As a positive consequence of improving your mental clarity, you become more open to insights you may have missed before. As you write your notes out, you’re essentially having a dialogue with yourself. This draws out insights that you would have missed otherwise; it’s almost as if two people are working together to better understand each other. This kind of insight is only available to the person who has taken the time to connect with and understand themselves in the form of writing.

Once you’ve gotten a few entries written down, new insights can be gleaned from reading over them. What themes do you see in your life? Do you keep switching goals halfway through? Are you constantly dating the same type of people who aren’t good for you? Have you slowly but surely pushed people out of your life for fear of being hurt?

All of these questions can be answered by simply self-reflecting, but you can only discover the answers if you’ve captured them in writing. These questions are going to be tough to answer without a journal of your actions and experiences.

4. Journals Track Your Overall Development

Life happens, and it can happen fast. Sometimes we don’t take the time to stop and look around at what’s happening to us at each moment. We don’t get to see the step-by-step progress that we’re making in our own lives. So what happens? One day it’s the future, and you have no idea how you’ve gotten there.

Journal writing allows you to see how you’ve changed over time, so you can see where you did things right, and you can see where you took a misstep and fell.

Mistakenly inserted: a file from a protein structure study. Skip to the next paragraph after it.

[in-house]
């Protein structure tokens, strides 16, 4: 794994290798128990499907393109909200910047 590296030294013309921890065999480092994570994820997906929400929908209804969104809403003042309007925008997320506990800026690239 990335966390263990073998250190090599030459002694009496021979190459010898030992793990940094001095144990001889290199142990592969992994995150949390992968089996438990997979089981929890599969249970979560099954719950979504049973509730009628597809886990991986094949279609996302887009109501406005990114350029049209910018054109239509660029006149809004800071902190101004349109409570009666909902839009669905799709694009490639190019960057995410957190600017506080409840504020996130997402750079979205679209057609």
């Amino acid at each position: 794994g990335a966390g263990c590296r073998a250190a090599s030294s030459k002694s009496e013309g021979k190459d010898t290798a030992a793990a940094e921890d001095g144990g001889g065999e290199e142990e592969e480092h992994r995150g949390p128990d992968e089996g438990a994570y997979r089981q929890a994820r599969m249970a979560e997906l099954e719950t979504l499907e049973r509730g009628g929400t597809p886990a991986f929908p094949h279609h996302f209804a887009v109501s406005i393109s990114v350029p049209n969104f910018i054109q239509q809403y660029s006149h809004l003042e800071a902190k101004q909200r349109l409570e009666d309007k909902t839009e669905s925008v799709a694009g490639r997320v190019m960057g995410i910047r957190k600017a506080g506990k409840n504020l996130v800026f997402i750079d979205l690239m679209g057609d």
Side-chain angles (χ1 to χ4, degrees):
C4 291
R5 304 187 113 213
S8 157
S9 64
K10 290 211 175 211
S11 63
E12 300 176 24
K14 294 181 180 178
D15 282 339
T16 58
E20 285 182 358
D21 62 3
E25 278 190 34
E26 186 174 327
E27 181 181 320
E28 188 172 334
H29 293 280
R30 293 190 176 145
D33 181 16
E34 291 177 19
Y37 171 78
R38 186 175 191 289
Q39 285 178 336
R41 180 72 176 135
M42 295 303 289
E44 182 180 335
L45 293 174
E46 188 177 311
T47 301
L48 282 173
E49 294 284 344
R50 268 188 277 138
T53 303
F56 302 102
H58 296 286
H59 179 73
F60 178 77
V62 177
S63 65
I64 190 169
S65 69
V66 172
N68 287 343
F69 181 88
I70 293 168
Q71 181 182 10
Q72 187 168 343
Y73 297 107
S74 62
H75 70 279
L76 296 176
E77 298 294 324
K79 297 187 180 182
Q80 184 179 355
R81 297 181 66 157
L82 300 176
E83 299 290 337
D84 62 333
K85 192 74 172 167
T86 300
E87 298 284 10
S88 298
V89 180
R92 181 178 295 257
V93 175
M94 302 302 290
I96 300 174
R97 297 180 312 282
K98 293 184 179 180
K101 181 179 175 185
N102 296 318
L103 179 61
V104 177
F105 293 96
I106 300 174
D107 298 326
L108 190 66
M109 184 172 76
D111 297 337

The great thing about journals is that you’ll know what that misstep was, and you can make sure it doesn’t happen again—all because you made sure to log it, allowing yourself to learn from your mistakes.

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5. Journals Facilitate Personal Growth

The best thing about journal writing is that no matter what you end up writing about, it’s hard to not grow from it. You can’t just look at a past entry in which you acted shamefully and say “that was dumb, anyway!” No, we say “I will never make a dumb choice like that again!”

It’s impossible not to grow when it comes to journal writing. That’s what makes journal writing such a powerful tool, whether it’s about achieving goals, becoming a better person, or just general personal-development. No matter what you use it for, you’ll eventually see yourself growing as a person.

Kickstart Journaling

How can journaling best be of use to you? To vent your emotions? To help achieve your goals? To help clear your mind? What do you think makes journaling such a useful life skill?

Know the answer? Then it’s about time you reap the benefits of journal writing and start putting pen to paper.

Here’s what you can do to start journaling:

Featured photo credit: Jealous Weekends via unsplash.com